Thread: Does it matter if tender valves pass a slight leak?
16/06/2020 18:11:00

Firemen on heritage railways usually get an ear-bashing from the inspector for wasting water if they do that.

Thread: Mild Steel Rod in Metric Sizes
15/06/2020 09:20:21

Lots of sellers on that well known auction site.

Thread: Electronic Lead Screw Project
15/06/2020 09:12:59

Many thanks Phil. I do like the control panel. £?

Thread: Brush motor repair
15/06/2020 09:11:45
Posted by Rod Renshaw on 14/06/2020 20:02:23:

Numatic HENRY ( or is there a Harry?)

That what I use as my shop vac. Great for getting the swarf from the nooks and cranies.

Thread: What Did You Do Today 2020
11/06/2020 20:24:37

Whilst waiting for parts to arrive for my Clough42 ELS I made the housings and fitted lead-screw thrust bearings.



As the new arrangement is somewhat longer I've had to "steal" back some space by: -
Reducing the plain bearing width
Shortening the boss of the lead-screw hand-wheel.
Re-drilling the lead-screw for the hand-wheel drive pin.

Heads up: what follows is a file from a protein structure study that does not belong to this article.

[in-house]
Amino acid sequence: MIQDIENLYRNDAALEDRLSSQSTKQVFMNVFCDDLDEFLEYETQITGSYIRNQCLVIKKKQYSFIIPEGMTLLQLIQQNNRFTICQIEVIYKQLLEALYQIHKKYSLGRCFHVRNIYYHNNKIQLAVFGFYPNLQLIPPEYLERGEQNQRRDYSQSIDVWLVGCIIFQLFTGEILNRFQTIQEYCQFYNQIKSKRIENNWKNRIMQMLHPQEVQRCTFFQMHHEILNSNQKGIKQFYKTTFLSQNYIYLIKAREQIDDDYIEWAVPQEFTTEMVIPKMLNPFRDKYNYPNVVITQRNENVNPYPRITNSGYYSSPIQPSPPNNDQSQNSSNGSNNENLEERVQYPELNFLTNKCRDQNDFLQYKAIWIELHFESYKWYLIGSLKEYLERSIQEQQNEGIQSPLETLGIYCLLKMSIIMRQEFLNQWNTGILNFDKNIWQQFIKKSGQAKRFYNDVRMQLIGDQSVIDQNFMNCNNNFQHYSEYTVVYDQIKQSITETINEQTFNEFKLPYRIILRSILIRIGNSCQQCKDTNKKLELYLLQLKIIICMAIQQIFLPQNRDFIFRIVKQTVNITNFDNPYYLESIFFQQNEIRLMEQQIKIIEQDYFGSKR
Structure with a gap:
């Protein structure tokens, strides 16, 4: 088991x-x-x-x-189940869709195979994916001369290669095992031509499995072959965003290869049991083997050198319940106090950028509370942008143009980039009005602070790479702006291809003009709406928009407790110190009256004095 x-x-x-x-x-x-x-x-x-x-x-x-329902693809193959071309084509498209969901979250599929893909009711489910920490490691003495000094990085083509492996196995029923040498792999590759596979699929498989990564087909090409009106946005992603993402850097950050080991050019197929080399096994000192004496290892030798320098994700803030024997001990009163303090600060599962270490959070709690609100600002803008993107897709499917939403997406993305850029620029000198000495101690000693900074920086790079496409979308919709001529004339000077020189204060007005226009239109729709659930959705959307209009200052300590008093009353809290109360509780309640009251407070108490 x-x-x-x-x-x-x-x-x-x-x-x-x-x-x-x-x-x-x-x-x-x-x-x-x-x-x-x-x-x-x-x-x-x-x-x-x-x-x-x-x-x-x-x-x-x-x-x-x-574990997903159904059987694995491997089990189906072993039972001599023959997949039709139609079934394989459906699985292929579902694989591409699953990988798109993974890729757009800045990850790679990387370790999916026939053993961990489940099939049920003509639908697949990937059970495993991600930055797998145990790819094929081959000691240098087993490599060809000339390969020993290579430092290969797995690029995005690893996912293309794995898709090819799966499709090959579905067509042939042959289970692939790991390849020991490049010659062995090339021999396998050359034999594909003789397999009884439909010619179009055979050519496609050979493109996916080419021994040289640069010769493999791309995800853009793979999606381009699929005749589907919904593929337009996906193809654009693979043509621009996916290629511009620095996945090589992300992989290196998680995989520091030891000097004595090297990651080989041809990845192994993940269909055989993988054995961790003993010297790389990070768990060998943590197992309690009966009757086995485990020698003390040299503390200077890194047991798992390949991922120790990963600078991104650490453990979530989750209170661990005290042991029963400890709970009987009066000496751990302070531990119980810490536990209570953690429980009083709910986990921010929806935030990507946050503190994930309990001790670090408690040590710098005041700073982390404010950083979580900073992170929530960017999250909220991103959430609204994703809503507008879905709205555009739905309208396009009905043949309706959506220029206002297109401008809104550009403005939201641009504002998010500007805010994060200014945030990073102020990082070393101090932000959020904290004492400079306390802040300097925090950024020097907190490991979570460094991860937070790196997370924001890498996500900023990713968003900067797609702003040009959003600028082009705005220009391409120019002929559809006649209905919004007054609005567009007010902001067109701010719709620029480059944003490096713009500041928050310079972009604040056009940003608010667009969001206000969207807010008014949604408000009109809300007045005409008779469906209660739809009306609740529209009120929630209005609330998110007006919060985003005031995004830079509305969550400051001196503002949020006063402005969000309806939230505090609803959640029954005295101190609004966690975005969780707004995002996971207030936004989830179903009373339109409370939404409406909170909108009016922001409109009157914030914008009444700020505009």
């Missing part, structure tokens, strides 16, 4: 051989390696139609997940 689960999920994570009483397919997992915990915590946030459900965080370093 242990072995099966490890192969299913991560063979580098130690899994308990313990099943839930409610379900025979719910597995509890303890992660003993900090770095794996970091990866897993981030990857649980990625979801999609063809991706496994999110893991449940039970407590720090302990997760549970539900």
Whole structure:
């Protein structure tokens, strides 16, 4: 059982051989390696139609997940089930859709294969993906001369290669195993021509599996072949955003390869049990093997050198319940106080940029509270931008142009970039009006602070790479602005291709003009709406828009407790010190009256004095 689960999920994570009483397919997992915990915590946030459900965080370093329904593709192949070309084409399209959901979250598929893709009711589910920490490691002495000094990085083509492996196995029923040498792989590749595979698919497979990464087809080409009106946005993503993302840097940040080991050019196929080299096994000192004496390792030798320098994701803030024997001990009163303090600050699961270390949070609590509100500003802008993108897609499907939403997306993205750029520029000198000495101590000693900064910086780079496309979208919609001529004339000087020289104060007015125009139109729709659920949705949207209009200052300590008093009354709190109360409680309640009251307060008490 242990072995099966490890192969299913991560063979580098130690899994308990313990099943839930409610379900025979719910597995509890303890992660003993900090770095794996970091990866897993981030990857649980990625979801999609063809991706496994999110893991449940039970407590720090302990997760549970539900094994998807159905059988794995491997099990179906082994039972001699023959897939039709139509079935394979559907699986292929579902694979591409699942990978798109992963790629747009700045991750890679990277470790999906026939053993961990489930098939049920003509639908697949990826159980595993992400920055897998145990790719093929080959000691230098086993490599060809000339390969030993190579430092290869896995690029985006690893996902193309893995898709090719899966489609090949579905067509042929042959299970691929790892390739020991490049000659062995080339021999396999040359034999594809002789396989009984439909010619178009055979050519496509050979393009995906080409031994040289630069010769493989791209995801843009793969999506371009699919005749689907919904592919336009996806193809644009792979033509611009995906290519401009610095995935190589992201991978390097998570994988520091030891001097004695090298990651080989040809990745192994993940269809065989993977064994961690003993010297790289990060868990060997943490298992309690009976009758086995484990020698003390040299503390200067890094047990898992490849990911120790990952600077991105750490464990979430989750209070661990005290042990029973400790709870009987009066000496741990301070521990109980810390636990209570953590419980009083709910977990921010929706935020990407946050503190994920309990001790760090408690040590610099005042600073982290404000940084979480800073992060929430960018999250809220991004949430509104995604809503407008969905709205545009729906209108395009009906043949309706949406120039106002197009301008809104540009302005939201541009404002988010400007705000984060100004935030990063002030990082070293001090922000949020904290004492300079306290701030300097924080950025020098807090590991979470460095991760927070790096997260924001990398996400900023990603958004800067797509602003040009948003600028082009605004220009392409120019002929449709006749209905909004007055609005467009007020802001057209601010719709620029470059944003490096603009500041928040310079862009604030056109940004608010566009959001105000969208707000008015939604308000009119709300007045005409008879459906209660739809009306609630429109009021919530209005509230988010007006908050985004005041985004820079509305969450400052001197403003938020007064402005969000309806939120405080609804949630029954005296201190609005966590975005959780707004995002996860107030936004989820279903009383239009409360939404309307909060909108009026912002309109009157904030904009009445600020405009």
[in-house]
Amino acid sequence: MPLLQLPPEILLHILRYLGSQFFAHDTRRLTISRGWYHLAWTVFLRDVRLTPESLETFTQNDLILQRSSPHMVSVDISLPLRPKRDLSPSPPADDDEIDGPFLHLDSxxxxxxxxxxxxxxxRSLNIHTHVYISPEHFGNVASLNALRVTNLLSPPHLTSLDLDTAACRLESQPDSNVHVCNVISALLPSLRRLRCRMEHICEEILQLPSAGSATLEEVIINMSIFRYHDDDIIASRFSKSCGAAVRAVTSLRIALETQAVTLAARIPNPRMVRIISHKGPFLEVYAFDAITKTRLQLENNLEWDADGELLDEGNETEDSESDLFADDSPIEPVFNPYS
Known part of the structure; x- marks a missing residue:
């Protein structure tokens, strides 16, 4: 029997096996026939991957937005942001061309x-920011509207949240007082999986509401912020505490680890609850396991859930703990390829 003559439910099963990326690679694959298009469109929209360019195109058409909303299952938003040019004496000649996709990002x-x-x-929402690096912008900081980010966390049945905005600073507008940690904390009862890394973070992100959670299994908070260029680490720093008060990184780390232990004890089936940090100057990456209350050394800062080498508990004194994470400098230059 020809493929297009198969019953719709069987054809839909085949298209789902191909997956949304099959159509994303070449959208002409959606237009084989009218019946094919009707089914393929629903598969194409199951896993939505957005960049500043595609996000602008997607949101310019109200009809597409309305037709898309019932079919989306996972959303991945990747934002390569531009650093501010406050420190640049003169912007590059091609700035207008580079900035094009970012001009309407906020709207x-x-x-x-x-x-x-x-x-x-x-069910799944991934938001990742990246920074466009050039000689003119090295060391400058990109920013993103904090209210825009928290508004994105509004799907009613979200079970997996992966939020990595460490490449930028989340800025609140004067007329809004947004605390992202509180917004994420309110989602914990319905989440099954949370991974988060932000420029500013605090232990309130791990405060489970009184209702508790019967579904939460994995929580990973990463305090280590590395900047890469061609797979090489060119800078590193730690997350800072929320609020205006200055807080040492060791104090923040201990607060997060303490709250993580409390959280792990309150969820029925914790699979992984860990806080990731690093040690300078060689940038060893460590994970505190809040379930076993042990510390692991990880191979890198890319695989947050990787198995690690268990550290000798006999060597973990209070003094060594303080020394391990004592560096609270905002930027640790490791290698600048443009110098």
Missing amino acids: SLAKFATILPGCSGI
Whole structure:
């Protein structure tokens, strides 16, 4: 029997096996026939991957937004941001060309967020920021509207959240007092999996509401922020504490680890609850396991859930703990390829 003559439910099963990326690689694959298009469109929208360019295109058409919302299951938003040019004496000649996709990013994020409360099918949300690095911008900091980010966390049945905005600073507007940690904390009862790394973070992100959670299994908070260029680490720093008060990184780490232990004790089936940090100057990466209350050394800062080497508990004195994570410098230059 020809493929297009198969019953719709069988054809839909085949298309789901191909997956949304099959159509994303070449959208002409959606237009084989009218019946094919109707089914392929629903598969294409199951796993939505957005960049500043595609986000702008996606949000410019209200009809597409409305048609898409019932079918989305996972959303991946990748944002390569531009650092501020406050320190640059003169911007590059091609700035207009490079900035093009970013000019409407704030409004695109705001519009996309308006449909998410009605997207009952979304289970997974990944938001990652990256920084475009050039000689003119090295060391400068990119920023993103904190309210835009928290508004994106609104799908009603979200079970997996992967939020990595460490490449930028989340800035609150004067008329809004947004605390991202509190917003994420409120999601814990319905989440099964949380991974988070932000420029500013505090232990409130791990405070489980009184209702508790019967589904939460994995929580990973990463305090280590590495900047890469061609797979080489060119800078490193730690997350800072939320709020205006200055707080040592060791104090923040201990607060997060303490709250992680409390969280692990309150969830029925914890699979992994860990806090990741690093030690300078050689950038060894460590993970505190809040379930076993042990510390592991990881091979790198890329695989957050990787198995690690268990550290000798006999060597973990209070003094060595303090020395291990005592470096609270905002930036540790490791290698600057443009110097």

Shortening the Ny-lock nut so that the nylon engages with the thread on the end of the lead-screw.

Edited By Brian Oldford on 11/06/2020 20:26:47

Thread: Just right for the holidays.
09/06/2020 10:01:15

I shall defer purchase until August.

Thread: Cutting Oil
09/06/2020 09:49:42
Posted by Bo'sun on 09/06/2020 08:53:56:

Cutting oil and flood coolant are two different materials, and as I understand it, both perform a similar function. They keep the work and tool cool(ish), with flood coolant clearly working better. They also help to prevent material build-up on the face of the tool. Flood coolant is probably the way to go, but it can be messy, not all machines are suitable to accept a flood coolant system, and the coolant will need replacing periodically. Flood coolant can also make it difficult to see what's going on at the cutting face. Maybe a debatable question, but which products do people find work the best?

Isn't that the reason why some people are migrating to mist coolant/lubricant?

The inexpensive compressors that are now readily available make such a proposition quite viable.